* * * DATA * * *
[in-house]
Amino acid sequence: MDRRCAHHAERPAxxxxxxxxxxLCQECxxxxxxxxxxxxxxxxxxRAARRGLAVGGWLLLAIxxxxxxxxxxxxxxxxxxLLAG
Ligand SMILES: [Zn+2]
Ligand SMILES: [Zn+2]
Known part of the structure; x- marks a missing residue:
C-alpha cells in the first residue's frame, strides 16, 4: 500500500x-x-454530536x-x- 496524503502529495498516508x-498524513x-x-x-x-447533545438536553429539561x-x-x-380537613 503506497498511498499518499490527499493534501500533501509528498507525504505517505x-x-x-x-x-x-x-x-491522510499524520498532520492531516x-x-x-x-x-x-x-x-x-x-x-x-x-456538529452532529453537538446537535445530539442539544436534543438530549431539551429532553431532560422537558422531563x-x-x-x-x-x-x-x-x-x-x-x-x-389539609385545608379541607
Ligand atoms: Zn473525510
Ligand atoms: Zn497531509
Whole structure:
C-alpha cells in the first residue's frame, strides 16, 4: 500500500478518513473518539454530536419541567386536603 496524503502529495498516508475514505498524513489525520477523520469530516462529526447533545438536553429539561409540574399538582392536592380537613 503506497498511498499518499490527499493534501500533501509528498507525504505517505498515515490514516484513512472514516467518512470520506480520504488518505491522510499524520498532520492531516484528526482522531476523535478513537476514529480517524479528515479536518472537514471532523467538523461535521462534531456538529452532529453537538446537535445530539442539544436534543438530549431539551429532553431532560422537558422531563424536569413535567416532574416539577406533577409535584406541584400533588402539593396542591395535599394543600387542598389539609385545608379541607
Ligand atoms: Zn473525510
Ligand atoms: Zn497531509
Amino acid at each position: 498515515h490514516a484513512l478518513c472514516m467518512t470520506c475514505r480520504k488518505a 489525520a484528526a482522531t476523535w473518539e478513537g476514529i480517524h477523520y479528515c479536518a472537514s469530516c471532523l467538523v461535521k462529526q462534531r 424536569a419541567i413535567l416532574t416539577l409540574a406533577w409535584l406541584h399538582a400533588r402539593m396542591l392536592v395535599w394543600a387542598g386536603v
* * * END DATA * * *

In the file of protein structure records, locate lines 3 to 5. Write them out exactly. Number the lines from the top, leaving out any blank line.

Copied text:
Ligand SMILES: [Zn+2]
Ligand SMILES: [Zn+2]
Known part of the structure; x- marks a missing residue: